Saturday, 15 July 2006

Layered Double Hydroxides for Efficient Delivery of Pesticides.

Man Park, Dept of Agricultural Chemistry, Kyungpook National Univ, Deagu, 702-701, South Korea and Sridhar Komarneni, Pennsylvania State Univ, Hastings Road, Materials Research Laboratory, University Park, PA 16802.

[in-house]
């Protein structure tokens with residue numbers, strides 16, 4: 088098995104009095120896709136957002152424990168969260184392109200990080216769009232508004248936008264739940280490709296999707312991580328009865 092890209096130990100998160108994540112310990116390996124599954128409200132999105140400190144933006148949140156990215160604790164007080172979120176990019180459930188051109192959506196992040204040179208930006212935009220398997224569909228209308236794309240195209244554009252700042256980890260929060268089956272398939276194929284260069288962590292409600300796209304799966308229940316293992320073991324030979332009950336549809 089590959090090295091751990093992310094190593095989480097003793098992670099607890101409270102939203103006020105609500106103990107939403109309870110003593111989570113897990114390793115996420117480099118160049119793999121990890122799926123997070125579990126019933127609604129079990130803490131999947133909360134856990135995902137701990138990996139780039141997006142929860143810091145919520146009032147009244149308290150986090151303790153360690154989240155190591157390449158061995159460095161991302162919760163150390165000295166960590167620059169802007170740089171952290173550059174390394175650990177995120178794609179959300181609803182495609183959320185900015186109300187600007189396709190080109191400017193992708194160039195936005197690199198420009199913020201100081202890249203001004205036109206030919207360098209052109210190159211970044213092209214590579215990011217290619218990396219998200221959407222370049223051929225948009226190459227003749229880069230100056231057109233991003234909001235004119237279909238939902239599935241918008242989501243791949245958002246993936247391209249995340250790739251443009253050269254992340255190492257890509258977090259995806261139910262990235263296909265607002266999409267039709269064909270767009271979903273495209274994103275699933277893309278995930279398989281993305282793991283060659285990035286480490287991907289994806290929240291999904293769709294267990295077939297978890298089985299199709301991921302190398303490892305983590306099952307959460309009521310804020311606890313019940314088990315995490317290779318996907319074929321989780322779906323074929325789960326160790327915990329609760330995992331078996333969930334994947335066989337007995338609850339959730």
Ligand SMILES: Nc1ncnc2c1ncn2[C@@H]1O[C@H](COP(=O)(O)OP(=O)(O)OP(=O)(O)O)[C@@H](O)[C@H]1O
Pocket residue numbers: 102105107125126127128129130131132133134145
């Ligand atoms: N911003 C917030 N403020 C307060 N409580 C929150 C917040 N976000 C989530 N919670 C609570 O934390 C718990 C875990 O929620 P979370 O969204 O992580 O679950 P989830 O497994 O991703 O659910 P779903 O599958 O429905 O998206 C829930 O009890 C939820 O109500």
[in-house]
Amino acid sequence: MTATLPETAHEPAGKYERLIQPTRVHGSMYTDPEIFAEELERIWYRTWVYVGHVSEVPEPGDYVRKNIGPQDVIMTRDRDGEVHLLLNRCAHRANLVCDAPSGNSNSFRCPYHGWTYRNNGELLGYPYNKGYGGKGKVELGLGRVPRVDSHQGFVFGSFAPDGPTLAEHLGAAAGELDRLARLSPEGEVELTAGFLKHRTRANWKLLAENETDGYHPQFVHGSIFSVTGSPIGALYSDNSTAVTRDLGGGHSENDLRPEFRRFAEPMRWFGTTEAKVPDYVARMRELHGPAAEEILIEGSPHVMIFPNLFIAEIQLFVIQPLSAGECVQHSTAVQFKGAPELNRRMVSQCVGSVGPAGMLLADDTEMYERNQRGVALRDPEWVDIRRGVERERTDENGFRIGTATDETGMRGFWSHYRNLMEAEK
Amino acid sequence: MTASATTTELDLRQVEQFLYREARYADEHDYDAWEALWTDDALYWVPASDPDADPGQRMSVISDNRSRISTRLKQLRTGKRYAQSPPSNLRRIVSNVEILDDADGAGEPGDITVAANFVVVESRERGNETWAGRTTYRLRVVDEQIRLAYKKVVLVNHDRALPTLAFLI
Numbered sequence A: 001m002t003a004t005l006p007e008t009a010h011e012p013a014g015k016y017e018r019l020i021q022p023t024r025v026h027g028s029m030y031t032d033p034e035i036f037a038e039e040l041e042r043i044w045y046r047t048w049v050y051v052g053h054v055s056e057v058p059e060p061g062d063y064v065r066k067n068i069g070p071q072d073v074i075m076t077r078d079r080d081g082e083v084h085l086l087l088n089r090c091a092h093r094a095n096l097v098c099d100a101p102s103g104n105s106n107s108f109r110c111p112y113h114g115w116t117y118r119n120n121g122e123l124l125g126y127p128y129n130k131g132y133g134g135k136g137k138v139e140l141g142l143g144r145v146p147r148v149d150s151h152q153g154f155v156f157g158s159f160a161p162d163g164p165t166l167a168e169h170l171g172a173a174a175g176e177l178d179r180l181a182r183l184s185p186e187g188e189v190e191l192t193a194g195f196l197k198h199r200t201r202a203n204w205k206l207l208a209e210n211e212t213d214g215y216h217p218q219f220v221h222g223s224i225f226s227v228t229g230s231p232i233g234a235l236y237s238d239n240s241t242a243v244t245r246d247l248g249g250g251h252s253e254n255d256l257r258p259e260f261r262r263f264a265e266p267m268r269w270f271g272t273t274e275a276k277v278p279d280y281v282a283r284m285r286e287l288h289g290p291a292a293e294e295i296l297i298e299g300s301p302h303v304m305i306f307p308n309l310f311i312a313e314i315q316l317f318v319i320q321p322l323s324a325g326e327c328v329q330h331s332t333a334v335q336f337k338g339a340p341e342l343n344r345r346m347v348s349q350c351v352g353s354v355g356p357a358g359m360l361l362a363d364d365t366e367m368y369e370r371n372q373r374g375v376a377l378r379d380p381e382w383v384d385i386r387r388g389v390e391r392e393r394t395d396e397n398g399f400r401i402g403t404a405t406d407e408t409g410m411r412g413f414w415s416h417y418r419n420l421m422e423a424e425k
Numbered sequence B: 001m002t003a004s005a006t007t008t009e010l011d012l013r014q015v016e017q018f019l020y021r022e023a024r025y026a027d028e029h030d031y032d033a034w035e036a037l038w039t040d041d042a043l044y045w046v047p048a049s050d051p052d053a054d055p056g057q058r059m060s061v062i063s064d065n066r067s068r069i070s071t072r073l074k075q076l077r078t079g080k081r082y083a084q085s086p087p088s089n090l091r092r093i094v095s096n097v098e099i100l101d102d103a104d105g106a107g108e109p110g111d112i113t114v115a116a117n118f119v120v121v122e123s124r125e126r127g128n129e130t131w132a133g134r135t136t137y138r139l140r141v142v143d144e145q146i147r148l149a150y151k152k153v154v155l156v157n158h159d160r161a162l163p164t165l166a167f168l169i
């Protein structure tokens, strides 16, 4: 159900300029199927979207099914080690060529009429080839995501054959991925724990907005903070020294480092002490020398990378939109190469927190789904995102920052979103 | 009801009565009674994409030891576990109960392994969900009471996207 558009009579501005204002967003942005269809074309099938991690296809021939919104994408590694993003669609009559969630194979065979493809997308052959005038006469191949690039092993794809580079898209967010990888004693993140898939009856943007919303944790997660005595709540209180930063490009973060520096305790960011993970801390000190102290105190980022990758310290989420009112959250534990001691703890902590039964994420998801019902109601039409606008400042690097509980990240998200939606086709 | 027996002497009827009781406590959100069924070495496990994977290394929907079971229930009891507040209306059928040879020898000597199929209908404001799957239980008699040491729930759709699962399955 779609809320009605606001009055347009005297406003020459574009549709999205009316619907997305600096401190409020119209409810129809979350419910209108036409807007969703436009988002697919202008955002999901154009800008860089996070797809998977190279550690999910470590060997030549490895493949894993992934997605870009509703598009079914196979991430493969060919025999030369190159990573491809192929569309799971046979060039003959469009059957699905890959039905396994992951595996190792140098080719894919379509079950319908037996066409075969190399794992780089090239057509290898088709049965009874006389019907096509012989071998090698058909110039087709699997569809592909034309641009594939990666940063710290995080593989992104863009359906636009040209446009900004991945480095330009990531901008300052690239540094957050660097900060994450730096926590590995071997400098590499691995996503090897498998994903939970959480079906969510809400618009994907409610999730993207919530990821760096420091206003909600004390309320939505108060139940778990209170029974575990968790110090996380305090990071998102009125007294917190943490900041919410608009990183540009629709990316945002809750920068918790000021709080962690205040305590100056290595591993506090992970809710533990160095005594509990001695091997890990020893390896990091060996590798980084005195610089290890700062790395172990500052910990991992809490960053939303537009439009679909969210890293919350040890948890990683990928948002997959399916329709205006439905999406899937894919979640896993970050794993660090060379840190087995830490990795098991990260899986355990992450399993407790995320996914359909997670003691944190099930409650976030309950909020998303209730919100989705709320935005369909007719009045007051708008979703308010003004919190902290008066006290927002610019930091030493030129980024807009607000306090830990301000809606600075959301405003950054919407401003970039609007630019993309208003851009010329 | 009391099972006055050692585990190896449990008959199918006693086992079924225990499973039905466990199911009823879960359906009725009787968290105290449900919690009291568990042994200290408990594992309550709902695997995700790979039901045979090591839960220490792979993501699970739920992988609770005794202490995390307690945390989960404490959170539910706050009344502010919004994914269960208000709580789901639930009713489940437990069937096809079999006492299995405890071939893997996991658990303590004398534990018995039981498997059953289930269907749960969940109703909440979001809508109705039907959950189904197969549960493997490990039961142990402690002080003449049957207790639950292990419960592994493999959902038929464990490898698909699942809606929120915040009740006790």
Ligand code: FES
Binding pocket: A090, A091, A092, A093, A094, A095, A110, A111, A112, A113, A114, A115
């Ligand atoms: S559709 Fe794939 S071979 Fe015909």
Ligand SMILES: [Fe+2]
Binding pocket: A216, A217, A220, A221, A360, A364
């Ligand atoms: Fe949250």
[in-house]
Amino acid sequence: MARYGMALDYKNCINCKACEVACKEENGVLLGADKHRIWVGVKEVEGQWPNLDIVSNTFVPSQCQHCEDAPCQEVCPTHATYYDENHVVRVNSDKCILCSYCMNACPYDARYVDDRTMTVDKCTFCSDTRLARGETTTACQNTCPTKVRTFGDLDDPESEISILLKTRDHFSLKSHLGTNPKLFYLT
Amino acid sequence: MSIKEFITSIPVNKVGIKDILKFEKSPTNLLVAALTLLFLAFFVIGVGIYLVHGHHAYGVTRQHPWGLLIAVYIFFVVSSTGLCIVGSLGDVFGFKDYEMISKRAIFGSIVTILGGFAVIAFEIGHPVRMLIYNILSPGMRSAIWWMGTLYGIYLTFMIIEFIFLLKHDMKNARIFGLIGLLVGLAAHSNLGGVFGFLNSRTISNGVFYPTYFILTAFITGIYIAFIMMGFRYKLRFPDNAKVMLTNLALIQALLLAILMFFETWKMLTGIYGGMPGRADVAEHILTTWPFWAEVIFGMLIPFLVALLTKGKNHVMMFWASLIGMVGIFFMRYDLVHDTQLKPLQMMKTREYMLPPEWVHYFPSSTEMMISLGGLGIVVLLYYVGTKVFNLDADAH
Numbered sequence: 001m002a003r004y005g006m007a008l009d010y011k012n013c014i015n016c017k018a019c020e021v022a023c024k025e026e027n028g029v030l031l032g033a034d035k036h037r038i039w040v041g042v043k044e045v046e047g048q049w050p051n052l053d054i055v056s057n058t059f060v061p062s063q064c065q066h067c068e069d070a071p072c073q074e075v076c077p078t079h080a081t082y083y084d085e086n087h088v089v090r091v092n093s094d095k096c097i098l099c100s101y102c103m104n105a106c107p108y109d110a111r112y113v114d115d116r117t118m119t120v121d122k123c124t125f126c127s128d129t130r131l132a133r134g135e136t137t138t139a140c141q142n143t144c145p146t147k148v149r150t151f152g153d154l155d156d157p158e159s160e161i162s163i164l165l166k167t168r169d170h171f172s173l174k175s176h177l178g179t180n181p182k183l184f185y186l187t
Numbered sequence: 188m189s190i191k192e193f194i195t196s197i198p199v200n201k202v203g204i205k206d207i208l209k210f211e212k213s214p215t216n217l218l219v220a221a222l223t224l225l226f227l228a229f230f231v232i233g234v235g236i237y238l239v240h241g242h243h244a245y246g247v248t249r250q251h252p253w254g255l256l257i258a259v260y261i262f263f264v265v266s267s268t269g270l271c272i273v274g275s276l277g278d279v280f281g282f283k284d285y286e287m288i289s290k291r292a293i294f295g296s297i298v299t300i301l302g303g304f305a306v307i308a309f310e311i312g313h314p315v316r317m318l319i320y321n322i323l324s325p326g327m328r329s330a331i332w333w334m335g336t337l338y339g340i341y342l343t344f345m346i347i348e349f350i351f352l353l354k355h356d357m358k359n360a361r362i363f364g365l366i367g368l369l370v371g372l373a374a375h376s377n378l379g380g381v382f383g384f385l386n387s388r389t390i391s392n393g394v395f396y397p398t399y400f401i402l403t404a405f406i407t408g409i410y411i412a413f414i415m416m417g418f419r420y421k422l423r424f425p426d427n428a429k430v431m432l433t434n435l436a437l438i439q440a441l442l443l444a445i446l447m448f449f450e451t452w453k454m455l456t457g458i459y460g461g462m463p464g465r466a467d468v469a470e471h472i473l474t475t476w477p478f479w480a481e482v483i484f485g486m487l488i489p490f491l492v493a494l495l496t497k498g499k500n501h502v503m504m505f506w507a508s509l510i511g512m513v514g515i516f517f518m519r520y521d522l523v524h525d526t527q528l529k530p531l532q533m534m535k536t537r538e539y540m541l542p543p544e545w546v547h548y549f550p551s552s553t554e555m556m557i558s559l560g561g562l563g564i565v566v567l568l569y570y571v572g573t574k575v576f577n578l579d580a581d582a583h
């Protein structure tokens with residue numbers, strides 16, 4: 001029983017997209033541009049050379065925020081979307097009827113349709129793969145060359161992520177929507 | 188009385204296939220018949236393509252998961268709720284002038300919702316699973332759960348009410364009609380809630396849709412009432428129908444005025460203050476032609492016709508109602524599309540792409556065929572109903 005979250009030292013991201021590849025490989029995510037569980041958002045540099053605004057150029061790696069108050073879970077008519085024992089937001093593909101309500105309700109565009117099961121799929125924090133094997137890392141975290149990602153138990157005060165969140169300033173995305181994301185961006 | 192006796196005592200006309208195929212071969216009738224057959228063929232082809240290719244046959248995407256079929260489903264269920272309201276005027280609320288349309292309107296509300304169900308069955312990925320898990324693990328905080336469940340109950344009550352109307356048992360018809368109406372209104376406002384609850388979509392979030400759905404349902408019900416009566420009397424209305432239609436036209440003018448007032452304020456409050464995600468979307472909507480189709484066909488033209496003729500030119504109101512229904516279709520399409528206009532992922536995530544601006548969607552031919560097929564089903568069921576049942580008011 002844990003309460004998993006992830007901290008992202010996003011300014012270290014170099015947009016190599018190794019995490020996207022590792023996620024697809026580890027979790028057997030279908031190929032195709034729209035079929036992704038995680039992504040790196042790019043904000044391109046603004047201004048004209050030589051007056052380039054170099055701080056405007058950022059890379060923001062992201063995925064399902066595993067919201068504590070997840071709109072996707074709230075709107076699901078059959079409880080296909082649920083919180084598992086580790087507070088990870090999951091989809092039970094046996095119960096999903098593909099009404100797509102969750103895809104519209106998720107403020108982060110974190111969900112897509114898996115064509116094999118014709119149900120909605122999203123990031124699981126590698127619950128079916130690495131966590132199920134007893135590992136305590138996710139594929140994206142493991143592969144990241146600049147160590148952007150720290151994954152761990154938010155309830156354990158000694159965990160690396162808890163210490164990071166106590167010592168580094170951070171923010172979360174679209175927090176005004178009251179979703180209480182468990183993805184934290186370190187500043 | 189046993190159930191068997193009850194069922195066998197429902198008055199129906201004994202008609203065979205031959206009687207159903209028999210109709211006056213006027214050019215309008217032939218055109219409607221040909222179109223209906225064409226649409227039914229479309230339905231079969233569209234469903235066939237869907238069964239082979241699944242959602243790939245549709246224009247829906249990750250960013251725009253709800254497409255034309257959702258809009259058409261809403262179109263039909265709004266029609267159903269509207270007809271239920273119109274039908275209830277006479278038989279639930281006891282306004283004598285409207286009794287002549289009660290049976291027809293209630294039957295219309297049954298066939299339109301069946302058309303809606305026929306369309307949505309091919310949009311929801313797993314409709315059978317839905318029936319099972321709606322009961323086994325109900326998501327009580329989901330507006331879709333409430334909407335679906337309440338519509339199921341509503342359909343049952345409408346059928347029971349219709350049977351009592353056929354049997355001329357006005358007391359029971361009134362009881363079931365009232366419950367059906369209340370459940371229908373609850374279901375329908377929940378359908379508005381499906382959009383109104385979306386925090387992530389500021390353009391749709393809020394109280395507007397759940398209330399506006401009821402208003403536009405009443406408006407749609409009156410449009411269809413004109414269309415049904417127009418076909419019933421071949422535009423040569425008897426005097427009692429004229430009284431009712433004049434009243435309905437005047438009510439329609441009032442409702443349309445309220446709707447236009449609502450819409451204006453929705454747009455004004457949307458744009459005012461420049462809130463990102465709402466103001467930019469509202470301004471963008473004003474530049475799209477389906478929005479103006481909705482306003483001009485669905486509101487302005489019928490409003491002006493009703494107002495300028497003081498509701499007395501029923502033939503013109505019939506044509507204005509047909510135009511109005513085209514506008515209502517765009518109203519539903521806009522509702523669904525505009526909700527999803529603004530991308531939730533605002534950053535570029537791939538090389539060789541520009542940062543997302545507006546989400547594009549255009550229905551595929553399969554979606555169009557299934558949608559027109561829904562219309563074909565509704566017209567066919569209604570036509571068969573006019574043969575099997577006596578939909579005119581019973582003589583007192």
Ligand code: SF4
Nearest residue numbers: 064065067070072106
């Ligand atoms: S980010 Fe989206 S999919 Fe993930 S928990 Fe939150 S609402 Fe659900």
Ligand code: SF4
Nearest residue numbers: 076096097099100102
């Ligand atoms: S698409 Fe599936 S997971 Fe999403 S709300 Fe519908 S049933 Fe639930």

Heavy application of highly toxic pesticides had been committed to protect agricultural products against insects and plant diseases, which have brought about serious problems. Not only do pesticides contaminate air, soil, and water environments but also their subsequent bioaccumulation exerts acute toxicity on all kinds of biosystems including human beings. We have attempted to hybridize various pesticides with the Layered Double Hydroxides (LDHs), the soil-compatible inorganic matrixes in order to efficiently deliver pesticides. LDHs exhibit unique properties such as anion exchange capacity, acid lability, and high affinity to ubiquitous carbonate ion. In particular, acid lability and carbonate affinity make LDHs an excellent matrix to carry labile pesticides because these properties facilitate complete and controlled release of the intercalated pesticide along with beneficial effects on many cultivated soils typically developing acidic characteristics. Furthermore, the pesticides intercalated between the 2-dimensional inorganic layers could be safely protected against biological, chemical and thermodynamical degradations in soils. It is also plausible that their molecular-level arrangement within confined interlayer space leads to great enhancement of water-solubility, which implies reasonable exclusion of harmful solvents and surfactants from pesticide formulations. In addition, high dispersion ability of the hybrid could be readily accomplished by fine control on the particle size within submicron level. All these advantaged have been visualized in this presentation by two representative pesticide-LDH hybrids, cinnamate-LDH and MCPP-LDH.

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